It is very important for all clients to keep CCB informed of any changes in their contact information so that we can inform you about any significant medical information that could be relevant to your child's health. Please update your contact information by logging into your account or by calling our Client Services Department at 866-927-9622.

    It is also very important for all clients to inform California Cryobank of their pregnancy and of their child's birth. You can report your pregnancy or child's birth online. If you have any questions or would like to make a report over the phone, please contact our Client Services Team at 866-927-9622. All information received is strictly confidential.
  4. What genetic testing does California Cryobank currently perform on its donors?
    Expanded Genetic Testing

    DNA Advantage Donors are screened for over 260 genetic conditions, including cystic fibrosis and spinal muscular atrophy.

    Since the availability of genetic testing has changed over time, each donor has had different genetic testing. Please download and discuss your donor’s Genetic Test Summary (GTS) with your personal healthcare providers to verify that the donor is suitable for your needs.

    Still have more questions about expanded genetic testing? Visit our Expanded Genetic Testing FAQs.

    Chromosome Analysis
    Chromosomes are the structures that carry our DNA. A chromosome analysis looks at the number and the structure of an individual’s chromosomes. Typically, an analysis of human chromosomes reveals a total of 46 chromosomes. If a sperm donor applicant has an abnormal chromosome number or structure he would not be eligible to participate in our program.
  5. How does California Cryobank manage a donor if he has positive or abnormal genetic test results?
    All people carry mutations for disorders that are inherited in an autosomal recessive manner. If a sperm donor is known to carry a mutation for one or more inherited disorders, this information is made available to all clients on the donor’s Genetic Test Summary (GTS). The donors’ offspring are not at risk to be affected with those conditions unless their biological mothers also carry mutations for the same condition.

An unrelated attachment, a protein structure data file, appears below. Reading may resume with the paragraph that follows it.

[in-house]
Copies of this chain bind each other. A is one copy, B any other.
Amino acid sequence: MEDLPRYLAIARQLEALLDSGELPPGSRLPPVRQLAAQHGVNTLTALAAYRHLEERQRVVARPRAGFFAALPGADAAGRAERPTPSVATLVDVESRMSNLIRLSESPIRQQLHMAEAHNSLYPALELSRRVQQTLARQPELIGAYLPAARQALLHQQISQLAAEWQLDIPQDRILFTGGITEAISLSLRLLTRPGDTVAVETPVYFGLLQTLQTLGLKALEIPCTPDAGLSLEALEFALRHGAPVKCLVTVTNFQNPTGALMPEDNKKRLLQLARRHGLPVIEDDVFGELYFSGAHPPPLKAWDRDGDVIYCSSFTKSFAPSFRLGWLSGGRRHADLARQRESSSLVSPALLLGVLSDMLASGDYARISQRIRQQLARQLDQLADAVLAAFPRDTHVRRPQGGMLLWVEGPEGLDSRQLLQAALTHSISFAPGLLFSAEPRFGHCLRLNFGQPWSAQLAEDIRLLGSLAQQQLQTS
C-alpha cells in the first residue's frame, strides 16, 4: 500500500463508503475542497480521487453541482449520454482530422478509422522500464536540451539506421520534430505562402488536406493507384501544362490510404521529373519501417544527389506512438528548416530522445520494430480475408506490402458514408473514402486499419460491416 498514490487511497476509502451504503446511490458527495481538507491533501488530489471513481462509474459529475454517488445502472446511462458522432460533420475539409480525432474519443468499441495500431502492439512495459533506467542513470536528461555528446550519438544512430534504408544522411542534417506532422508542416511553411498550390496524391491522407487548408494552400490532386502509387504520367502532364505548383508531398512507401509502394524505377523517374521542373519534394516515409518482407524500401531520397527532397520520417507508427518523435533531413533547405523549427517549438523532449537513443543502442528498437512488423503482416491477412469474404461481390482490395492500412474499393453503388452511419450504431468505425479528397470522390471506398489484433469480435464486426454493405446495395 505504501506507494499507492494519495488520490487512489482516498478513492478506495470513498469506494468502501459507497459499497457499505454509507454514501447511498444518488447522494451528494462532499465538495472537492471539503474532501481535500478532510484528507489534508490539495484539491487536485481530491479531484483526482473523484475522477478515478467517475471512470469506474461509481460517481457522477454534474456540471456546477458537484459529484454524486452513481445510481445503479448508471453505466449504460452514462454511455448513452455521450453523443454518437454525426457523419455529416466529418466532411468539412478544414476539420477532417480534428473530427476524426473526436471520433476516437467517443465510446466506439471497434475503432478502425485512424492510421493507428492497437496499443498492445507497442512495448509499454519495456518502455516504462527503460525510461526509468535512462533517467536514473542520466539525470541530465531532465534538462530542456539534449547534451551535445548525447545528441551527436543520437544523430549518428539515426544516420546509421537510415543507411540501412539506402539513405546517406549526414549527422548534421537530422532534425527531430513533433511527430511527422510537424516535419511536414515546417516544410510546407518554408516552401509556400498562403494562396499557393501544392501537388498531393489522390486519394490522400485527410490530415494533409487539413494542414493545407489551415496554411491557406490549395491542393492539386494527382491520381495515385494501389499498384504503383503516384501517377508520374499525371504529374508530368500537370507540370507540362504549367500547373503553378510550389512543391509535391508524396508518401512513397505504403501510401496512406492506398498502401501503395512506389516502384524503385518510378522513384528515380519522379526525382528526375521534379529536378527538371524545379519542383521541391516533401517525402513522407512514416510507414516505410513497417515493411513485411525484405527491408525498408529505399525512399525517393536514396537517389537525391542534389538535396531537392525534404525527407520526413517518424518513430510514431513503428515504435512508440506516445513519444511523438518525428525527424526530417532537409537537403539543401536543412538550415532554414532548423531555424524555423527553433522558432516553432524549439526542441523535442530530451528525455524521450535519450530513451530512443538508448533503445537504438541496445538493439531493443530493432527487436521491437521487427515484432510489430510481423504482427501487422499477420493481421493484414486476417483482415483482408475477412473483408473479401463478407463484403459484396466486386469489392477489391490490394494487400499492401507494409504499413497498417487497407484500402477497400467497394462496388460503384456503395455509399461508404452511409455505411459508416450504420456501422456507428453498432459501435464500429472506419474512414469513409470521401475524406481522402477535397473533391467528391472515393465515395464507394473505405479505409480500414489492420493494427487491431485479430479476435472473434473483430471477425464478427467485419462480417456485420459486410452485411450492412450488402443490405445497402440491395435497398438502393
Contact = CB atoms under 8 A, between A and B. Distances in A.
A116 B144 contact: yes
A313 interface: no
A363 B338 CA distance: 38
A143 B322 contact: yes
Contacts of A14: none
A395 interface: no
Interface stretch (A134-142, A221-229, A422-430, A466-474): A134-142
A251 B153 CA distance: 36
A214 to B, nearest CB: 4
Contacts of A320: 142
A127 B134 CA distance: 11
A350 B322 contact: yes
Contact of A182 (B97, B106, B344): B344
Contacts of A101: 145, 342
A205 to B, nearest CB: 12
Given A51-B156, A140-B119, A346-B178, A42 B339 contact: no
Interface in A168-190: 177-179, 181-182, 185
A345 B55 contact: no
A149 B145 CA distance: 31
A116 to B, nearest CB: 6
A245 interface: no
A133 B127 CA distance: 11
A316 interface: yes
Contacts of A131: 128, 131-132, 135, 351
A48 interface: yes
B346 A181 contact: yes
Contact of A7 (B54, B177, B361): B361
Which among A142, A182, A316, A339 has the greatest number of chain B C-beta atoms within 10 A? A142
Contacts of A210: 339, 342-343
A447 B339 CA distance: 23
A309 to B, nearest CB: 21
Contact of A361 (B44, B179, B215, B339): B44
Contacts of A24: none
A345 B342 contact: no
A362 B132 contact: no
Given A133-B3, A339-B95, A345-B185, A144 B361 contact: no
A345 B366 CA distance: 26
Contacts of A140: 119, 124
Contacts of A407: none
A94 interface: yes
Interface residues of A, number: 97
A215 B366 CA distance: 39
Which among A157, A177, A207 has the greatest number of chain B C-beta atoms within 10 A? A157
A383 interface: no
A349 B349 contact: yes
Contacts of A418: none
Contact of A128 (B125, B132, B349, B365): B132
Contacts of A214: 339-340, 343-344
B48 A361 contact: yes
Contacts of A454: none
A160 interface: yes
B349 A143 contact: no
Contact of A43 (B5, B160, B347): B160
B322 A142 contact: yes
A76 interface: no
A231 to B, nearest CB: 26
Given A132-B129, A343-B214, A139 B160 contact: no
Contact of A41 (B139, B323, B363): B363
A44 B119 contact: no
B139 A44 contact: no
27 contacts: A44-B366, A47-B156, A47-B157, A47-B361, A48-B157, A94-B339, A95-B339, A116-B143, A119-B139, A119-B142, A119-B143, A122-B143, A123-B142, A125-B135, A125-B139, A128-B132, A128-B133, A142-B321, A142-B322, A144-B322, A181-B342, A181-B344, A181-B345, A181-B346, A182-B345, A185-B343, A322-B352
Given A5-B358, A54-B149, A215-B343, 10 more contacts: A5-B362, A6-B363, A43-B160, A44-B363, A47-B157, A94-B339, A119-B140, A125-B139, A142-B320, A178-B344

We strongly recommend that all recipients discuss their donor’s Genetic Test Summary with their healthcare providers prior to using that donor’s vials, in order to determine if the donor’s results are suitable for their personal reproductive plans.

    PLEASE NOTE: A normal or negative result indicates that the test did not detect any clinically significant genetic mutations or abnormalities for those specific conditions. Genetic testing can reduce the chance for specific inherited conditions in a donor’s offspring but it cannot eliminate the risks for those specific disorders or other untested conditions. In addition, there is always a 3 to 4% chance to have a child with a medical issue, regardless of the screening performed.
  6. When are new tests added to the donor qualification process?
    Genetic tests and technologies are continuously being developed and improved. These new developments may lead to changes in the genetic testing that we perform on our sperm donor applicants. In most cases when we add new genetic tests to our screening process, the tests are performed on new donor applicants. The new tests are not performed on retired donors. Therefore, not every donor who has vials available for purchase has had exactly the same genetic testing.
  7. How can I find out what genetic tests were performed on the donors in which I am interested?
    A Genetic Test Summary tells you which specific tests were performed on a donor and the results of those tests. You can learn more about the information on a GTS here or by contacting one of our genetic counselors. Our genetic counselors are available to discuss the tests performed on your donor as well as the test limitations and additional testing options that you may want to consider. For more information please contact the Genetics Department at 877-743-6384.
  8. Why doesn't California Cryobank test for all known genetic diseases?
    It is not possible to test anyone for all possible genetic diseases. There are thousands of inherited disorders, and the causes of many of these conditions are currently unknown.
  9. Can I request that my donor be tested for other genetic conditions?